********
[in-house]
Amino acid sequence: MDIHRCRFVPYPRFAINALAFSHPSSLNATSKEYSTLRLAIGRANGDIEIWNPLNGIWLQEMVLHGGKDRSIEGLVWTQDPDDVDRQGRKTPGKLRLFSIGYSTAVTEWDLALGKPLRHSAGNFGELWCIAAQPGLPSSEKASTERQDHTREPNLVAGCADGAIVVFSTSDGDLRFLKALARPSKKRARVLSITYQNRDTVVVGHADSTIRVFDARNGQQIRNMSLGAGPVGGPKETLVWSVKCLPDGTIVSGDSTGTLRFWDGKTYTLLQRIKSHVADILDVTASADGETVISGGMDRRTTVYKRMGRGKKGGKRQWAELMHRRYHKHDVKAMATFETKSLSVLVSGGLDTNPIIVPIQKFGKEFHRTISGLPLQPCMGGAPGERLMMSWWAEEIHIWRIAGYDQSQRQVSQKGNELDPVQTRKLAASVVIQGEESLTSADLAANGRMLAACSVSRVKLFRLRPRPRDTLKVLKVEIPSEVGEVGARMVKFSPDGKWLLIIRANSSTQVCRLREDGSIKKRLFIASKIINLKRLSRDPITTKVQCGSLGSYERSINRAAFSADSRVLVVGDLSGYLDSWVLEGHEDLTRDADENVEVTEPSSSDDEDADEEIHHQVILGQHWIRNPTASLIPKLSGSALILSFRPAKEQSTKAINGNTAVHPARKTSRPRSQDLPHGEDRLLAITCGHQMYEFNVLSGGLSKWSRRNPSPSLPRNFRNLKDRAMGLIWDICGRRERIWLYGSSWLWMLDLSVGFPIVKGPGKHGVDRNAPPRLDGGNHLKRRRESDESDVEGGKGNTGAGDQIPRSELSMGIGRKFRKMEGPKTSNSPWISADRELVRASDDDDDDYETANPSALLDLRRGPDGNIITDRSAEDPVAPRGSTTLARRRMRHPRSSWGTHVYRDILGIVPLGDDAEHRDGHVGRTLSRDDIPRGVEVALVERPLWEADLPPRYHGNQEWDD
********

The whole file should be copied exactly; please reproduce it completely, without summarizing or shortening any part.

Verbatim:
[in-house]
Amino acid sequence: MDIHRCRFVPYPRFAINALAFSHPSSLNATSKEYSTLRLAIGRANGDIEIWNPLNGIWLQEMVLHGGKDRSIEGLVWTQDPDDVDRQGRKTPGKLRLFSIGYSTAVTEWDLALGKPLRHSAGNFGELWCIAAQPGLPSSEKASTERQDHTREPNLVAGCADGAIVVFSTSDGDLRFLKALARPSKKRARVLSITYQNRDTVVVGHADSTIRVFDARNGQQIRNMSLGAGPVGGPKETLVWSVKCLPDGTIVSGDSTGTLRFWDGKTYTLLQRIKSHVADILDVTASADGETVISGGMDRRTTVYKRMGRGKKGGKRQWAELMHRRYHKHDVKAMATFETKSLSVLVSGGLDTNPIIVPIQKFGKEFHRTISGLPLQPCMGGAPGERLMMSWWAEEIHIWRIAGYDQSQRQVSQKGNELDPVQTRKLAASVVIQGEESLTSADLAANGRMLAACSVSRVKLFRLRPRPRDTLKVLKVEIPSEVGEVGARMVKFSPDGKWLLIIRANSSTQVCRLREDGSIKKRLFIASKIINLKRLSRDPITTKVQCGSLGSYERSINRAAFSADSRVLVVGDLSGYLDSWVLEGHEDLTRDADENVEVTEPSSSDDEDADEEIHHQVILGQHWIRNPTASLIPKLSGSALILSFRPAKEQSTKAINGNTAVHPARKTSRPRSQDLPHGEDRLLAITCGHQMYEFNVLSGGLSKWSRRNPSPSLPRNFRNLKDRAMGLIWDICGRRERIWLYGSSWLWMLDLSVGFPIVKGPGKHGVDRNAPPRLDGGNHLKRRRESDESDVEGGKGNTGAGDQIPRSELSMGIGRKFRKMEGPKTSNSPWISADRELVRASDDDDDDYETANPSALLDLRRGPDGNIITDRSAEDPVAPRGSTTLARRRMRHPRSSWGTHVYRDILGIVPLGDDAEHRDGHVGRTLSRDDIPRGVEVALVERPLWEADLPPRYHGNQEWDD